The Woodlands real estate market sees record-low inventory, high pricing

real estate
The Woodlands area has seen an increase in both home sales and prices since 2020, including areas like this street in Sterling Ridge. (Ally Bolender/Community Impact Newspaper)

The Woodlands area has seen an increase in both home sales and prices since 2020, including areas like this street in Sterling Ridge. (Ally Bolender/Community Impact Newspaper)

In her 42 years of experience in the real estate industry, Vicki Fullerton, a RE/MAX The Woodlands & Spring real estate agent, said she has never seen a real estate market like the current one.

The Woodlands area has reached a record-low inventory for single-family homes following a mostly downward inventory trend since April 2020, and the median price of homes sold in The Woodlands area in May was $405,000, up from $288,000 during the same time in 2020, according to Houston Association of Realtors data.Homebuyers and sellers are not the only ones experiencing a rise in prices as homebuilders and developers have seen a greater cost of building materials over the past year.

According to Fullerton, a member of Texas Realtors, a major cause of the surge in homebuying was the COVID-19 pandemic through 2020 and early 2021 as people realized a need for more space.

“The inventory is as low as I have ever seen it,” Fullerton said. “The pandemic changed people’s housing requirements and desires. ... People are moving to Texas on a daily basis, and interest rates are low.”

A seller’s market

Among factors affecting the real estate market, the number of active homes on the market in The Woodlands area dropped to an all-time low following a downward trend that began in May 2020, dropping from 1,087 homes available to 263 in May 2021, according to HAR data.

“A lot of homes are on multiple-offer situations right now,” Fullerton said. “This particularly impacts first-time homebuyers. They cannot compete with cash offers. ... They do not have that kind of discretionary income.”

Fullerton said the market for homes costing around $250,000 is difficult to get into at this time.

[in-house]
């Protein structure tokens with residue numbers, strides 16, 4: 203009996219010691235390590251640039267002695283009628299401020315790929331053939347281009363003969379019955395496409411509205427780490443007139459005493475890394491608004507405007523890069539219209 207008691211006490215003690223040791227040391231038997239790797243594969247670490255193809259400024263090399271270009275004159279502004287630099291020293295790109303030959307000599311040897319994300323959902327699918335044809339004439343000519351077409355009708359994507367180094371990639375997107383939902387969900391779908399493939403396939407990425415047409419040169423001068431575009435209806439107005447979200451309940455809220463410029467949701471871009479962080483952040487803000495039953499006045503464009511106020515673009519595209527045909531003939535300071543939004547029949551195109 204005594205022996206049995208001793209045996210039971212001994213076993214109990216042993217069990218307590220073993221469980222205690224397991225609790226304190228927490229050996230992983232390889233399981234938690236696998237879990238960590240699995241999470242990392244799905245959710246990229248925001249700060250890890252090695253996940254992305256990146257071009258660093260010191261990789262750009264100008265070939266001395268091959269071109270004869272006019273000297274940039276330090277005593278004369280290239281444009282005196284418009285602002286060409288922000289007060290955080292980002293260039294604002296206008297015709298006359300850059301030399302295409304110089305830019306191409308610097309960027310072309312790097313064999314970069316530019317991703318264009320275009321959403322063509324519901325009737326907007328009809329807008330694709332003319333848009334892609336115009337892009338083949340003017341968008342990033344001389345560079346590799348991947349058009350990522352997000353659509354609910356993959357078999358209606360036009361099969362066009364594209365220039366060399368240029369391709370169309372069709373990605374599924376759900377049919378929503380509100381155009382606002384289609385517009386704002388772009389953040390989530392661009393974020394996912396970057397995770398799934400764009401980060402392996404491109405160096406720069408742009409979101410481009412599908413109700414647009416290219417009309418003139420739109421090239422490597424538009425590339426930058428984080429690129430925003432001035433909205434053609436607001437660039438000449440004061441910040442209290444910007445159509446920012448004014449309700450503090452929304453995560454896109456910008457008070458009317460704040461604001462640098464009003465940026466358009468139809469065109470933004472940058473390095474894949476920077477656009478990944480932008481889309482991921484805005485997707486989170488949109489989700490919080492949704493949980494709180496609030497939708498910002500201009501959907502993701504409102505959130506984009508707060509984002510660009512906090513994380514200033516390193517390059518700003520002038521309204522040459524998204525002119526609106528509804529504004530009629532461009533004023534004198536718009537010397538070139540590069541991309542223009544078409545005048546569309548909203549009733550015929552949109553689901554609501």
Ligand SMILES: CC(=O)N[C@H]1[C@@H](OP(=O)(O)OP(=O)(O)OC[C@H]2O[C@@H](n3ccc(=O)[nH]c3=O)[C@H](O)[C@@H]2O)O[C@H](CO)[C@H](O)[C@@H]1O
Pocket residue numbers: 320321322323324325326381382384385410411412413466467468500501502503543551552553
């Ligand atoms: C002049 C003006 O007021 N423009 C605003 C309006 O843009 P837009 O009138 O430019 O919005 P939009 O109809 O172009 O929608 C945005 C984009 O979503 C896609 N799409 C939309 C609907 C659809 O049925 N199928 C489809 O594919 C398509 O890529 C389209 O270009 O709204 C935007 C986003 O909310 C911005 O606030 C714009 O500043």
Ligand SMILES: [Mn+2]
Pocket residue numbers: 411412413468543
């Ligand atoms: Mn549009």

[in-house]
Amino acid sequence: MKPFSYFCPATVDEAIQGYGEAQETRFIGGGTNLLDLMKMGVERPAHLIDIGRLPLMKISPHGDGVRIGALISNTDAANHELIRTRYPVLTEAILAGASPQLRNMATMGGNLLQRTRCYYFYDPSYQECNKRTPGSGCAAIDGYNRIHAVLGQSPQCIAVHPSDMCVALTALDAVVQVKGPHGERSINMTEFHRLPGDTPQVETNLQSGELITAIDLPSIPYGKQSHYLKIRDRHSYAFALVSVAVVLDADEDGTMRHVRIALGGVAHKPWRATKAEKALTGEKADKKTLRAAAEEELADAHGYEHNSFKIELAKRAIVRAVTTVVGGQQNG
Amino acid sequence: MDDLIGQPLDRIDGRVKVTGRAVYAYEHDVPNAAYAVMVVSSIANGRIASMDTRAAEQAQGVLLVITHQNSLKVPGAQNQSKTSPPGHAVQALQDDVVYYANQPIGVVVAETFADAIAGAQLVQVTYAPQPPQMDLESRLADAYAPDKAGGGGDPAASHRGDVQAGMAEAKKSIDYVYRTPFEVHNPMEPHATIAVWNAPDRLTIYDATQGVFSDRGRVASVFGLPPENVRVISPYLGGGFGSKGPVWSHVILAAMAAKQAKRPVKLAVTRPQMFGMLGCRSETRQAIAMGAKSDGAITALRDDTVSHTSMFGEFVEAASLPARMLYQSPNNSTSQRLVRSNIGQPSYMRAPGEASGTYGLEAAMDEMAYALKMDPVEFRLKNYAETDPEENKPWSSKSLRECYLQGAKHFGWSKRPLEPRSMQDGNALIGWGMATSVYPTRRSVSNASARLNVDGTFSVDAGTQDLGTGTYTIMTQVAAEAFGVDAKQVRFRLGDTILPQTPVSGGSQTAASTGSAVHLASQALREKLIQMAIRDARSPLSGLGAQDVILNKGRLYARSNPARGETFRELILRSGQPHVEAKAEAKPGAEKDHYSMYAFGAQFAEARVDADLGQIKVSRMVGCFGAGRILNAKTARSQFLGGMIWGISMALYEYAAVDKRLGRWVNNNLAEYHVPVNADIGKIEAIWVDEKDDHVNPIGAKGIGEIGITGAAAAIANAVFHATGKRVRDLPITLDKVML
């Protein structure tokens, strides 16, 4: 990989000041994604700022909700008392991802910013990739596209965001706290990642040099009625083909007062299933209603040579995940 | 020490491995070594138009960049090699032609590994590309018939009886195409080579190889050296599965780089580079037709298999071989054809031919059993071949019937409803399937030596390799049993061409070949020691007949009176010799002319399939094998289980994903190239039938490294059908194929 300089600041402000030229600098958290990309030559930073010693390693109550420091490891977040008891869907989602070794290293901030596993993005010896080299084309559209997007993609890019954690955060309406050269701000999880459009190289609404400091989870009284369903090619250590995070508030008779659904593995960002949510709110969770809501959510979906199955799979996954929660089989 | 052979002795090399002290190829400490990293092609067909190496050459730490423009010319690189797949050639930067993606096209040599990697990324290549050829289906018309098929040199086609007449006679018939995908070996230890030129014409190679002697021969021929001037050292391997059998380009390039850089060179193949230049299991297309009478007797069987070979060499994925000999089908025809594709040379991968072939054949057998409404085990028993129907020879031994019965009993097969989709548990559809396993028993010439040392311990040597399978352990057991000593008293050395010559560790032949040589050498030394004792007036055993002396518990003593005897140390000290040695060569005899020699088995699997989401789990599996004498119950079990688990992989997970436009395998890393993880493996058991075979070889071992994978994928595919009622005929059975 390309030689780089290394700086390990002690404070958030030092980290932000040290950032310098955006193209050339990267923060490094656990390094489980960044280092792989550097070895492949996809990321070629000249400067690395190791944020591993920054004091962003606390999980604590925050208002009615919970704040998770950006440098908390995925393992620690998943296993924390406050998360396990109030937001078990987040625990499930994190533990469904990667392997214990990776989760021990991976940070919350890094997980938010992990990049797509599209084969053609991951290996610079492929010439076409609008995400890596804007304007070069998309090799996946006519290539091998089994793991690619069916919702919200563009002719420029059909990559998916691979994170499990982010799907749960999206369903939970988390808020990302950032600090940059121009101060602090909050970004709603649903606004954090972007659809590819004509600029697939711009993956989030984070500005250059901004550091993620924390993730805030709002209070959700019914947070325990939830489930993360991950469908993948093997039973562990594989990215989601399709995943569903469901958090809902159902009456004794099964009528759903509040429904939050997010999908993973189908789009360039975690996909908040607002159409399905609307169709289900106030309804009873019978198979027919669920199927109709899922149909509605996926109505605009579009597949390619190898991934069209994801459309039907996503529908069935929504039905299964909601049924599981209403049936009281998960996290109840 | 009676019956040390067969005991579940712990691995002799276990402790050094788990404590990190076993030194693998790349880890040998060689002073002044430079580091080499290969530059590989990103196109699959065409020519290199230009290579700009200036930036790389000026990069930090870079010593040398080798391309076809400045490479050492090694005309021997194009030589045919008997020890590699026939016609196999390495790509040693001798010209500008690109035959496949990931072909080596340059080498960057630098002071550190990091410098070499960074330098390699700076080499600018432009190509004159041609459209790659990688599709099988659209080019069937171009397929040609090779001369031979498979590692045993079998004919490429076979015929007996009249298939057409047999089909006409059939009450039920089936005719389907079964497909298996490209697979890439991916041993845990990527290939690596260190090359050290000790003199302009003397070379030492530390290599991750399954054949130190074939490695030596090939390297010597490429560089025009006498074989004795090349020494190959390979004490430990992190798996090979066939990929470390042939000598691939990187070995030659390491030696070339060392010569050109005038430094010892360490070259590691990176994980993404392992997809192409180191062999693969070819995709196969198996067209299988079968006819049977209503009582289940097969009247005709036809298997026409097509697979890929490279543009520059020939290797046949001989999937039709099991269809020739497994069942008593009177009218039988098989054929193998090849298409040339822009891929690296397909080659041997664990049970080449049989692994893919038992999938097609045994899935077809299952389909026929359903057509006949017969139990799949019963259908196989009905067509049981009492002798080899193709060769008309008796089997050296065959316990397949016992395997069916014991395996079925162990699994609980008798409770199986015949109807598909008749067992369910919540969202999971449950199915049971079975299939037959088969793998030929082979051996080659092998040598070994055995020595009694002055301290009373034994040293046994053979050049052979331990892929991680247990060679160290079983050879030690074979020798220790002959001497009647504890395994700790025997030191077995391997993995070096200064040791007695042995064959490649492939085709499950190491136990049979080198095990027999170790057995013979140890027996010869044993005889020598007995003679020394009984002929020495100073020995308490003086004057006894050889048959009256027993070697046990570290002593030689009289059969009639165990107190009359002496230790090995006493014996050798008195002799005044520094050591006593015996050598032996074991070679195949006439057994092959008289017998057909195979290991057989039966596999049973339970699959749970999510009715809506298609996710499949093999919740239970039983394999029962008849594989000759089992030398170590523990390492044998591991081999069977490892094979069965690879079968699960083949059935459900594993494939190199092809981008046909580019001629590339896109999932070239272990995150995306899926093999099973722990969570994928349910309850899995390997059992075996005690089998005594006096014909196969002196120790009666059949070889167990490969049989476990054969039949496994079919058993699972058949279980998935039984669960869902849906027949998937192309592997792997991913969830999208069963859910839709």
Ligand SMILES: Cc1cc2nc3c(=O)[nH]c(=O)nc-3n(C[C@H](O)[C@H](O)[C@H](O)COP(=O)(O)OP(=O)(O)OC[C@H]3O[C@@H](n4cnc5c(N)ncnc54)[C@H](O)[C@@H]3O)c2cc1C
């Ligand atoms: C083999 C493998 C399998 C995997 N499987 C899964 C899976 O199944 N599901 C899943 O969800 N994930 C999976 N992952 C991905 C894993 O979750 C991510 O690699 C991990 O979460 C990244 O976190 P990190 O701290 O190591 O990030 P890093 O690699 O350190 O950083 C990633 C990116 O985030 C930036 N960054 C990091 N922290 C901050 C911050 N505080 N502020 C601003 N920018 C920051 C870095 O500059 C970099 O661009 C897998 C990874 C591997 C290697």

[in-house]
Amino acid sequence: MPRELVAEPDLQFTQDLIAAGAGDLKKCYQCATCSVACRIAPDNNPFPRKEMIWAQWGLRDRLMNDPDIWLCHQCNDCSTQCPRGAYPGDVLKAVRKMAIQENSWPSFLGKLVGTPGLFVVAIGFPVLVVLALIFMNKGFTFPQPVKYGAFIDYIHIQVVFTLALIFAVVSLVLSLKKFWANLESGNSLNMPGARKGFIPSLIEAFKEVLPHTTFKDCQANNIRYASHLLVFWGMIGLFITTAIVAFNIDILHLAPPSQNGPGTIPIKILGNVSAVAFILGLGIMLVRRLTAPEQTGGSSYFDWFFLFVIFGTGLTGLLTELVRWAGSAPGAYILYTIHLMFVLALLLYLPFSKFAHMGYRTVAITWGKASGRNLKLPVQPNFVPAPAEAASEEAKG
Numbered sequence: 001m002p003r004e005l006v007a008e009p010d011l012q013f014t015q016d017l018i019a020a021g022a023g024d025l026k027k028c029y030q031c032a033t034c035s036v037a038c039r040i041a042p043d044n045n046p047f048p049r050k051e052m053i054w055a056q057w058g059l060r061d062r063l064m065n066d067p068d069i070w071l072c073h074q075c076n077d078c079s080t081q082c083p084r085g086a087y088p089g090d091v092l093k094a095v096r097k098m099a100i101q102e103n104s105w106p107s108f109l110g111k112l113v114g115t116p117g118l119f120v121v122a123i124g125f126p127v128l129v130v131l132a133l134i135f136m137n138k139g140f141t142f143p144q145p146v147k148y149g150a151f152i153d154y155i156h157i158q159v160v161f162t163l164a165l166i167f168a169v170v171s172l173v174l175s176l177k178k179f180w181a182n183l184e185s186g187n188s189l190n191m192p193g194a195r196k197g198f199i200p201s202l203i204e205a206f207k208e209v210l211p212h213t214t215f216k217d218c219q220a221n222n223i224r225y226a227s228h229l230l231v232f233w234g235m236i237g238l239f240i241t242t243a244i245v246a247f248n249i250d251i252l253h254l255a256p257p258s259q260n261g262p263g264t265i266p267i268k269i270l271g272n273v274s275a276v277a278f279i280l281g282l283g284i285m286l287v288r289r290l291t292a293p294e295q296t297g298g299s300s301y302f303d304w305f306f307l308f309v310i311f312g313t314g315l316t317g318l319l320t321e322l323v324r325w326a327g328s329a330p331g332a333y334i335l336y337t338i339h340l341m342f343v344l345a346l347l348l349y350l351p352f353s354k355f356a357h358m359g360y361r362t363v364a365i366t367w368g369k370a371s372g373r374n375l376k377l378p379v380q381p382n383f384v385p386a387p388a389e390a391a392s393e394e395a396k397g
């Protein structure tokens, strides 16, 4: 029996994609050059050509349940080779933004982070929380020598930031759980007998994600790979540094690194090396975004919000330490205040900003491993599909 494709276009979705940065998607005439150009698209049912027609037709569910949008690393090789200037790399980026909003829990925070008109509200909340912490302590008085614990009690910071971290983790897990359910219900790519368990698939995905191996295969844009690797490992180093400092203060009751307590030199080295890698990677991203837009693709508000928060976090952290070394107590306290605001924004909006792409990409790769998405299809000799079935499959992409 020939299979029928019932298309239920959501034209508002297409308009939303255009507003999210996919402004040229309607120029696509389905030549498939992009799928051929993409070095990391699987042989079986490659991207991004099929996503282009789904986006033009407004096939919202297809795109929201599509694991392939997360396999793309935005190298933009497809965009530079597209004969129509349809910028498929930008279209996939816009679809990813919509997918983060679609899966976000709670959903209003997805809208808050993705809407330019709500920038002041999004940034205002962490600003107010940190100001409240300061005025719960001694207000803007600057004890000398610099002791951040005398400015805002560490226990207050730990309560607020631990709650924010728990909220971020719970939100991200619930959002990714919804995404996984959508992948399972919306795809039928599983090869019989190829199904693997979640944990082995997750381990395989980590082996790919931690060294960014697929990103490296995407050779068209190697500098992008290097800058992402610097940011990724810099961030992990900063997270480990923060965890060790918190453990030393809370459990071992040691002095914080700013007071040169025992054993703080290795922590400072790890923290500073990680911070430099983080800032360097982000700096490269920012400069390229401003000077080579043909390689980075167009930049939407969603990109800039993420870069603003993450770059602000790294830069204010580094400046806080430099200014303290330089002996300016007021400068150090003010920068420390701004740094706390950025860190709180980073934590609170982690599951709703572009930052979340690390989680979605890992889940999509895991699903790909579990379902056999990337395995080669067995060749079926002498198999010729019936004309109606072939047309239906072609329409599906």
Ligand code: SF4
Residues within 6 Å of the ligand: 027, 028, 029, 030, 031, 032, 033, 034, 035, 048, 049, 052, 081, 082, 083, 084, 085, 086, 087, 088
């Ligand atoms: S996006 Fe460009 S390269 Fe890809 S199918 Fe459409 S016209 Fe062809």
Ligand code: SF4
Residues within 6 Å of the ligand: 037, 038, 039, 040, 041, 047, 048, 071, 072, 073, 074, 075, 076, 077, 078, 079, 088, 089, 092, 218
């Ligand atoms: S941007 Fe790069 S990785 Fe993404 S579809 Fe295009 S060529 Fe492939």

Realtor Jennifer Sims and broker-associate Jack Allen, both of Allen Sims Real Estate Group in The Woodlands, said the biggest shift in the market has been for homes priced at around $750,000, which has seen a surge in demand and is affecting the rest of the market around Houston.

Fullerton said it is also beginning to affect the townhome market.

“The prices are going up. New construction is increasing because of the cost of labor ... for new homes. Construction dates are getting moved back from six to eight months up to 12 months,” Fullerton said. “It is just an incredibly difficult market.”

The demand for new homes has caused some residential builders to slow down homesite sales into phases.

Builder Taylor Morrison is offering $1 million-plus custom townhomes in the East Shore neighborhood in The Woodlands. Taylor Morrison officials said the company is phasing releases to a limited number of homesites for sale approximately every month.

“This new cadence helps to reduce the strain on our construction teams, trade partners and the supply chain and allows us to maintain our high customer service standards,” according to the company website.

Sims and Allen said they have heard builders report they are having to place cash buyers on waitlists and turn down those looking to build a home from the ground up due to building costs and the demand for new homes.

HAR data indicates, as of May, The Woodlands market was down to 0.7 months of inventory remaining, meaning it would take about 0.7 months to sell out of homes if no new homes were put up for sale. At the beginning of 2021, The Woodlands had 1.9 months of inventory. By comparison, in January 2016, there were 6.8 months of inventory on the market, according to HAR.

“It is a seller’s market, but there is a lot to be concerned about,” Fullerton said. “Once a seller sells their house, where are they going to go, and what are they going to buy? It is incredibly difficult right now to find a property that does not have a multiple-offer situation.”

Moving north

During a business advocacy meeting at The Woodlands Area Chamber of Commerce on May 21, Dahlia Brown, field operations director for Texas Realtors, said The Woodlands has become an anomaly in the area for commuters.